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Carbon Markets

Carbon markets can offer opportunities and returns for farmers, but there are risks and trade-offs that you should consider in the context of your own farming business.

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Carbon Markets

Carbon markets have been developed by governments around the world as a mechanism to incentivise emissions reduction or carbon sequestration. For agriculture, carbon markets can also help farmers realise the value of their environmental stewardship. While carbon markets offer opportunities and returns for farmers, remember there are also some risks and considerations of which to be aware.


The Australian Carbon Credit Unit Scheme (ACCU) is Australia’s mechanism for developing carbon markets. The ACCU scheme includes several ‘Methods’ that allow farmers to get paid for either reducing or sequestering carbon emissions. New methodologies are regularly developed and can be found through the Clean Energy Regulator.

Undertaking thorough due diligence is key before deciding to participate in a carbon project.

Often, farmers will become involved in a carbon market project through an intermediary or project partner who can manage the overall project. There are a range of resources online to help you ask the right questions, including Agriculture Victoria’s guide Selling Carbon from Trees and Soils and the Australian Farm Institute’s Carbon Opportunity Decision Support Tool.

Sometimes, there may be another type of program that would be better suited to your farming system and goals.

If you decide to go ahead with a carbon market project, a few important considerations include:

Check List
Making sure your baseline is up-to-date before you begin, so you can measure your improvement.
Ensure you undertake thorough due diligence in terms of requirements like contract timeframes, costs like auditing and tax, and other potential risks of participating in a carbon market project.
Before committing to a particular intermediary or project partner, check if they are a signatory of the voluntary Carbon Industry Code of Conduct.
Communicate with your customers to ensure you understand their plans for reducing their supply chain emissions, as many processors and manufacturers are starting to report on their Scope 3 emissions and set emissions reduction targets. If this is the case for you, you’ll need to reduce your farm emissions as much as possible and then offset any remaining emissions using carbon credits until you reach the customer’s targets. The carbon credits could be earned on your farm or purchased from the carbon market.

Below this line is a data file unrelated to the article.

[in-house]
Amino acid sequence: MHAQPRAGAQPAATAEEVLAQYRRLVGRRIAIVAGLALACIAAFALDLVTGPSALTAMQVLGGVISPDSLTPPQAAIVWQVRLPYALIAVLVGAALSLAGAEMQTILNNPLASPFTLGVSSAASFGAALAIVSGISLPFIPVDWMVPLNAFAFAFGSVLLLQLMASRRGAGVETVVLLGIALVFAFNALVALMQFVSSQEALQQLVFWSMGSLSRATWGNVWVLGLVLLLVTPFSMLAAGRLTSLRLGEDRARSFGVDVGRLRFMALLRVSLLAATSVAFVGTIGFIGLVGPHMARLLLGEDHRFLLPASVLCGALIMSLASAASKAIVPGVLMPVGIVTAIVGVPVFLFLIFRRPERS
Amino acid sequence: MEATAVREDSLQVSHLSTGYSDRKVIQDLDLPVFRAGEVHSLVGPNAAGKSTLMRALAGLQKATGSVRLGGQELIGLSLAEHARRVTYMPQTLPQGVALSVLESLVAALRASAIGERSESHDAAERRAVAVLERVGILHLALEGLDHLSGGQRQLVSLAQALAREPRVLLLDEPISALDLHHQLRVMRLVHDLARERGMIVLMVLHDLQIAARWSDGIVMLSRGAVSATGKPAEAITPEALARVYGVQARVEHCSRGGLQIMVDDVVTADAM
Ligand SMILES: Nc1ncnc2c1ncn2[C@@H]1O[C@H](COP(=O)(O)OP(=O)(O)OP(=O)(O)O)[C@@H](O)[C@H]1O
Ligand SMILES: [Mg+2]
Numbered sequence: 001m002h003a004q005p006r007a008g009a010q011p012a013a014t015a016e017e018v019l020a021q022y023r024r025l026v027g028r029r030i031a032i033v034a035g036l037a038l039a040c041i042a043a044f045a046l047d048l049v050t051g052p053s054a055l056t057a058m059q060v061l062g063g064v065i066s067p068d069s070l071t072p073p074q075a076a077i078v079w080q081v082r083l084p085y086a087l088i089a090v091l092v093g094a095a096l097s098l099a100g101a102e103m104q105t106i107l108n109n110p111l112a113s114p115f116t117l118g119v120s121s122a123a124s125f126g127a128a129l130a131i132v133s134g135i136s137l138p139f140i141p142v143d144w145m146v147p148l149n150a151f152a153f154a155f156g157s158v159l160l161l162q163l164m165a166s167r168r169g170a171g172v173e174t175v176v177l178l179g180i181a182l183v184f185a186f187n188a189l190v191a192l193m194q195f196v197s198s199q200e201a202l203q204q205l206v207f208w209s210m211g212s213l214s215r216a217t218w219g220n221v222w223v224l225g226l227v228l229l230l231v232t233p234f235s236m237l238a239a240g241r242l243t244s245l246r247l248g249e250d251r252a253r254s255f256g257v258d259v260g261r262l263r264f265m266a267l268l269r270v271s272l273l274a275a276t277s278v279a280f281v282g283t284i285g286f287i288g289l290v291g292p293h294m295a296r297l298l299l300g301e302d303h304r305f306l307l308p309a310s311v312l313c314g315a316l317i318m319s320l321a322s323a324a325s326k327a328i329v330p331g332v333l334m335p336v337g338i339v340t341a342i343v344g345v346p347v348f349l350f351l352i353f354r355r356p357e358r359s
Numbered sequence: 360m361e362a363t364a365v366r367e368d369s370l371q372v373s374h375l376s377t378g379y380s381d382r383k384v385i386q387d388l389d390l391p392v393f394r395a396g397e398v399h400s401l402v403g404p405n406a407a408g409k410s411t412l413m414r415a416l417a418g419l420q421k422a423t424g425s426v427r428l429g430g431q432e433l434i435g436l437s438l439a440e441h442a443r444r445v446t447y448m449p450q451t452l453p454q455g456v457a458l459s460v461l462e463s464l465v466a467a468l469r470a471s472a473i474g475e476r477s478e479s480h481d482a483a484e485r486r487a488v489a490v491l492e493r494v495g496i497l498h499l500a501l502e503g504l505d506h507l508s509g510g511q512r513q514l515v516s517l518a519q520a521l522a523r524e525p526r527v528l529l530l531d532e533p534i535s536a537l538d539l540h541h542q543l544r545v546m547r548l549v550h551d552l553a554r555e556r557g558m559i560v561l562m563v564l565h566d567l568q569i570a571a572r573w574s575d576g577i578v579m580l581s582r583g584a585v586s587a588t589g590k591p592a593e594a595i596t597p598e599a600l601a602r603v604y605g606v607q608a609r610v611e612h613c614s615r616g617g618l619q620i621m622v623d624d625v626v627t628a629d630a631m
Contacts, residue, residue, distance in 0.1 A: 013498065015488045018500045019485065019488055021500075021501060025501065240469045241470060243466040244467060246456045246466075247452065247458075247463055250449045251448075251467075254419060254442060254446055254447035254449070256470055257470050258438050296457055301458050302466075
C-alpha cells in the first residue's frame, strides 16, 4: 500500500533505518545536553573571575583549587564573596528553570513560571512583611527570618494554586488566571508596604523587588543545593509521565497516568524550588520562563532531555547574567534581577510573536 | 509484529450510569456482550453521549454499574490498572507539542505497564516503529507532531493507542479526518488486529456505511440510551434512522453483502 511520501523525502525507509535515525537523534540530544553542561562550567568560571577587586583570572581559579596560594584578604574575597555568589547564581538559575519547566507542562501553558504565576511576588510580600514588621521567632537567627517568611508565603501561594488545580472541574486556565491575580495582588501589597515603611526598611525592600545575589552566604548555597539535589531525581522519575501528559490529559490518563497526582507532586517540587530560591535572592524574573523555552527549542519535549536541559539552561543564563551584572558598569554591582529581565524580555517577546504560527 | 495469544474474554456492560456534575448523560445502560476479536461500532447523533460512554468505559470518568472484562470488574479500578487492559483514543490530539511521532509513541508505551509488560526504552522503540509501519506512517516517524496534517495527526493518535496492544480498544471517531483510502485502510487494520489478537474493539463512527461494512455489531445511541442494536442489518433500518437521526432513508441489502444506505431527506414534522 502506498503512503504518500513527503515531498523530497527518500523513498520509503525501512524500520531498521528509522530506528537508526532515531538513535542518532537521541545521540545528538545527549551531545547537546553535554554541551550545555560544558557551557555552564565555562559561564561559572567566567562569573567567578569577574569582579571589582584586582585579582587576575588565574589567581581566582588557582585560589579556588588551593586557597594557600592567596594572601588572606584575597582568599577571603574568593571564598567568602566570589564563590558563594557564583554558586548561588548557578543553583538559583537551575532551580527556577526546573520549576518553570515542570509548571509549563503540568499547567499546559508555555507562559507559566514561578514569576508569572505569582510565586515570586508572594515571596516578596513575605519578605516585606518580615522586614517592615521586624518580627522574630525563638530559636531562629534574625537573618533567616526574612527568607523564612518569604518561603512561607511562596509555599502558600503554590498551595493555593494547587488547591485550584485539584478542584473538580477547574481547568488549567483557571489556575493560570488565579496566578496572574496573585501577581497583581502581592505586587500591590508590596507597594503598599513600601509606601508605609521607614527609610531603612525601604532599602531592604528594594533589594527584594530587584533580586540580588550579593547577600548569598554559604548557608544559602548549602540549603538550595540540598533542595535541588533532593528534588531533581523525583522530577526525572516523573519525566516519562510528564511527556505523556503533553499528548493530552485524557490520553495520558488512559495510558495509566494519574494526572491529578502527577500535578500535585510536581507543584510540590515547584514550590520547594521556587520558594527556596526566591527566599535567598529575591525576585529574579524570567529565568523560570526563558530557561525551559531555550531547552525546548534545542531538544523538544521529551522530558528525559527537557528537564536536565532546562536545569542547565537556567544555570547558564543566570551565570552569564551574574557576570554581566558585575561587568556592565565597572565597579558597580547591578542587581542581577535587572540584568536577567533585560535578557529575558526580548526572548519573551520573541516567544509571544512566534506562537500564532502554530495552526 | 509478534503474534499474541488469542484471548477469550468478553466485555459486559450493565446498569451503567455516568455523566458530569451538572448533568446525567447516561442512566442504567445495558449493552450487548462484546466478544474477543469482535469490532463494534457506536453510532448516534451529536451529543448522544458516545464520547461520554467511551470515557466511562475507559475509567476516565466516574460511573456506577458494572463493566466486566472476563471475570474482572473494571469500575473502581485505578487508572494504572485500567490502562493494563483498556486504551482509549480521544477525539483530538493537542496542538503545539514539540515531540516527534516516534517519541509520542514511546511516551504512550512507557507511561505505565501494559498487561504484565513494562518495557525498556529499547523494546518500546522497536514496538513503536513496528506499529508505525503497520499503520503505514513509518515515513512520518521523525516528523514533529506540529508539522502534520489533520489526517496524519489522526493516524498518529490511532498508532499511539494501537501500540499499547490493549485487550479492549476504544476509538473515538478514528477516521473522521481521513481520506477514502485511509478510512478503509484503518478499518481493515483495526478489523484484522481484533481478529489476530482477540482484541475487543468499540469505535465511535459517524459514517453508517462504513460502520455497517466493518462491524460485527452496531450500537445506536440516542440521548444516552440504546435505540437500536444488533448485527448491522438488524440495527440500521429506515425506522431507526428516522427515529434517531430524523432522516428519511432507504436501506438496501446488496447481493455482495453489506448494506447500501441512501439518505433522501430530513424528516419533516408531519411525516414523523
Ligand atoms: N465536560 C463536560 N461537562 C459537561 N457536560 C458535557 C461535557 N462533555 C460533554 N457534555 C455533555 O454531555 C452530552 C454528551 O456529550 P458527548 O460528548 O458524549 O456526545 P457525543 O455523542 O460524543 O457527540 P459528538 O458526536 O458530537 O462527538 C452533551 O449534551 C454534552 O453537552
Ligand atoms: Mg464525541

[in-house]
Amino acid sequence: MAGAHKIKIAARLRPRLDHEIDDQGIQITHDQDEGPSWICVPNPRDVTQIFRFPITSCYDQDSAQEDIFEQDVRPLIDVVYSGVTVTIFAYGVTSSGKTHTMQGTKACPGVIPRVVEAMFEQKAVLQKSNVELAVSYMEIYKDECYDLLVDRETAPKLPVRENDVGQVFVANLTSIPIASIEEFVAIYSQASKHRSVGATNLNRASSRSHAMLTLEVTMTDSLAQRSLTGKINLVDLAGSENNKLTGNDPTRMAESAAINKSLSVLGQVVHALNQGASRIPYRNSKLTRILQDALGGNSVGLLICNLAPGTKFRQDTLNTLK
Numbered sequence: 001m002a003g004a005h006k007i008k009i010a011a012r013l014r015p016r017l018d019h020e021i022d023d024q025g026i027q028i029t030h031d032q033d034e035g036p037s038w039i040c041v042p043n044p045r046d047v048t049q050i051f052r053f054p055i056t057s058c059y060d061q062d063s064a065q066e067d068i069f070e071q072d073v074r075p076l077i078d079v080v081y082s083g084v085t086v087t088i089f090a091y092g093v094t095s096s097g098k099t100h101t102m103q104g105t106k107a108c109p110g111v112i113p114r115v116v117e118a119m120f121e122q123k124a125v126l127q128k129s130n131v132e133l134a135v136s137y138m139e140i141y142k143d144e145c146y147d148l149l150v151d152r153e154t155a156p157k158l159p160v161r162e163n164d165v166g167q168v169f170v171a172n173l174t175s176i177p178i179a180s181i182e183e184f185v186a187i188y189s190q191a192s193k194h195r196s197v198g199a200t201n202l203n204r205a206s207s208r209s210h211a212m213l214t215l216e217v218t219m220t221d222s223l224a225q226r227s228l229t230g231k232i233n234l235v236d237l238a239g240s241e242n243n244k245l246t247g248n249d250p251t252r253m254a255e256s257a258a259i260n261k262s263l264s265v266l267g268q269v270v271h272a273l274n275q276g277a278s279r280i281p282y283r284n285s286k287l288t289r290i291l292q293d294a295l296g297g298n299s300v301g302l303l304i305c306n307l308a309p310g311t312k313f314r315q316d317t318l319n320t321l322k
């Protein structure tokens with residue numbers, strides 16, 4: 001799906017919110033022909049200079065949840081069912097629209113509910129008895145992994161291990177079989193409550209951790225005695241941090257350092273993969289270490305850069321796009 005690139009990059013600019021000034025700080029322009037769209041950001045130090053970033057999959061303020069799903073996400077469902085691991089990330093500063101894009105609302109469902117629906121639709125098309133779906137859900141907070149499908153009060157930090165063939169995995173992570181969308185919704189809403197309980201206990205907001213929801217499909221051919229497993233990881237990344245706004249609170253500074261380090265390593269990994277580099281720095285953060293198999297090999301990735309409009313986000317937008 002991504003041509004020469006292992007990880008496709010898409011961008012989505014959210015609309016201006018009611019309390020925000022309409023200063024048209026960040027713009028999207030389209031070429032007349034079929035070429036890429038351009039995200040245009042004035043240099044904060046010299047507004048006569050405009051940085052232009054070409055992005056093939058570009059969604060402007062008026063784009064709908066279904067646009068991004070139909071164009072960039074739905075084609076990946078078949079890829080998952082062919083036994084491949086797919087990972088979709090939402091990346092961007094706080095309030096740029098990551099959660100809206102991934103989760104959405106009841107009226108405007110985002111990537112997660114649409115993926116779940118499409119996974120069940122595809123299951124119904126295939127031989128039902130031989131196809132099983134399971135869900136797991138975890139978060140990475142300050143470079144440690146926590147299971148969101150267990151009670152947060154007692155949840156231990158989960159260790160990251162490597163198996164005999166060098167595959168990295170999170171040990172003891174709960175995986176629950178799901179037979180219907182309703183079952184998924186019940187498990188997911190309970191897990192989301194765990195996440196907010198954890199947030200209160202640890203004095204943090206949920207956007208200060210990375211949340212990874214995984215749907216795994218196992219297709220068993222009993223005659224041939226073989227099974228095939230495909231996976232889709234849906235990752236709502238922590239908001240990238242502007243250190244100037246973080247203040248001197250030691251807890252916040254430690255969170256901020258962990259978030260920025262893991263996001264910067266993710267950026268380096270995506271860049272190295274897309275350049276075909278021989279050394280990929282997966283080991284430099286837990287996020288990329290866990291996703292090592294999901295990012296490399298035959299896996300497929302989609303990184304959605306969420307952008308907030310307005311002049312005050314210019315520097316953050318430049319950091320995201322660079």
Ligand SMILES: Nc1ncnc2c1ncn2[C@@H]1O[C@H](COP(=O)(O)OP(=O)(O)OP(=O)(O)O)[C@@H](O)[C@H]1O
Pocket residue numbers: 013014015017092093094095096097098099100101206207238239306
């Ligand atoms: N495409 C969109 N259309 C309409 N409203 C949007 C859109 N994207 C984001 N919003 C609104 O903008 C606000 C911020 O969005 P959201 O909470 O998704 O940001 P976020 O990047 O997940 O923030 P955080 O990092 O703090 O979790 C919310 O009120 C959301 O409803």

If you earn carbon credits on your farm, you need to remember that you can either sell them on the market to generate revenue OR keep them to offset your own on-farm emissions- you cannot do both as this would constitute double-counting of the offsets.

Overall, there is no need to rush into a project. Carbon market opportunities are relatively new and will mature over time. So, work at your own pace to consider options, complete due diligence and evaluate whether a carbon market project fits into your long-term farm business goals.

Other Recommended Resources
Dairy Australia webinar Identifying on-farm opportunities: Carbon and biodiversity ( – general information suitable for all commodities.
Soil Sciences resources on Soil carbon
Australian Farm Institute “A landholder’s guide to participate in soil carbon farming in Australia
Tree Alliance Tasmania-based resource to help you think about planting trees on your farm.

Watch a FCA Webinar

FCA has created a number of webinars that you might find helpful. Explore our webinars below.

Claire Boyle

Engaging in Environmental Markets pt. 2

The market for environmental services is growing across Australia as businesses move to be more sustainable. More and more farmers are interested in becoming engaged. But how can farmers access these markets? What environmental services can farmers be paid for?

Claire Boyle

Understanding Environmental Markets pt. 1

You’re invited to join our next webinar, ‘Understanding Environmental Markets pt. 1’. Join us to hear from Andrew Ward and Rohan Clarke, the key catalysers that have been leading the team developing the Regen Farmers Mutual. They have led the co-creation process that saw farmers collectively plan the founding of a farmer-owned broker that will assist farmers access all types of Environmental Markets. The have specialist expertise in holistic/regenerative agriculture, environmental/financial markets, and in cooperatives and mutuals.

Do you know of a useful resource?

This toolkit isn’t exhaustive and FCA will be adding more resources over time – if you know of another great resource that should be added please send in your suggestions to [email protected] with subject “CSFT Suggestion”.

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